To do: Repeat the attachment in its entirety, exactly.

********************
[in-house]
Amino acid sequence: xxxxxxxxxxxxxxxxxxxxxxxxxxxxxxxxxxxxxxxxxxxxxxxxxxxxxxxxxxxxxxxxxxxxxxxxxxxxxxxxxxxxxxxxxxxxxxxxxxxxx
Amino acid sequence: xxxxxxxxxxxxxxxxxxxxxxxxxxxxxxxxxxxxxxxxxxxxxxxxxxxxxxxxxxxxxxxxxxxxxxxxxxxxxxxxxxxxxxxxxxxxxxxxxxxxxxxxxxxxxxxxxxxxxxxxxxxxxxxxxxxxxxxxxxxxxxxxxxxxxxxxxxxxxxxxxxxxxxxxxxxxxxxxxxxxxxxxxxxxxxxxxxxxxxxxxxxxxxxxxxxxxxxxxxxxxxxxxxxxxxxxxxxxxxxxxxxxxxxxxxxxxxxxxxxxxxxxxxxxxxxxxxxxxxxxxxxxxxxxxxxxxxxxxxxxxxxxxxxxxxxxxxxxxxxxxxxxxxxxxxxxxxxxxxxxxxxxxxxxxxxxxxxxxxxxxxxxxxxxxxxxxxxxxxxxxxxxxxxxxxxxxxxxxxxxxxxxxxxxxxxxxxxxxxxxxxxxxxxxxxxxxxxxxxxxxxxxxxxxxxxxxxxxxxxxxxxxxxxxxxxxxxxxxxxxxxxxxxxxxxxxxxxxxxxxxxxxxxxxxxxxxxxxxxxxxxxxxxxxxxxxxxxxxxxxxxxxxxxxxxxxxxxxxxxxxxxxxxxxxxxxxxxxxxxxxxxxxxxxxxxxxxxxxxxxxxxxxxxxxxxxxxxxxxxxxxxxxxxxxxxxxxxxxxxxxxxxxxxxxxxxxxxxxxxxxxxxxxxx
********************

[in-house]
Amino acid sequence: xxxxxxxxxxxxxxxxxxxxxxxxxxxxxxxxxxxxxxxxxxxxxxxxxxxxxxxxxxxxxxxxxxxxxxxxxxxxxxxxxxxxxxxxxxxxxxxxxxxxx
Amino acid sequence: xxxxxxxxxxxxxxxxxxxxxxxxxxxxxxxxxxxxxxxxxxxxxxxxxxxxxxxxxxxxxxxxxxxxxxxxxxxxxxxxxxxxxxxxxxxxxxxxxxxxxxxxxxxxxxxxxxxxxxxxxxxxxxxxxxxxxxxxxxxxxxxxxxxxxxxxxxxxxxxxxxxxxxxxxxxxxxxxxxxxxxxxxxxxxxxxxxxxxxxxxxxxxxxxxxxxxxxxxxxxxxxxxxxxxxxxxxxxxxxxxxxxxxxxxxxxxxxxxxxxxxxxxxxxxxxxxxxxxxxxxxxxxxxxxxxxxxxxxxxxxxxxxxxxxxxxxxxxxxxxxxxxxxxxxxxxxxxxxxxxxxxxxxxxxxxxxxxxxxxxxxxxxxxxxxxxxxxxxxxxxxxxxxxxxxxxxxxxxxxxxxxxxxxxxxxxxxxxxxxxxxxxxxxxxxxxxxxxxxxxxxxxxxxxxxxxxxxxxxxxxxxxxxxxxxxxxxxxxxxxxxxxxxxxxxxxxxxxxxxxxxxxxxxxxxxxxxxxxxxxxxxxxxxxxxxxxxxxxxxxxxxxxxxxxxxxxxxxxxxxxxxxxxxxxxxxxxxxxxxxxxxxxxxxxxxxxxxxxxxxxxxxxxxxxxxxxxxxxxxxxxxxxxxxxxxxxxxxxxxxxxxxxxxxxxxxxxxxxxxxxxxxxxxx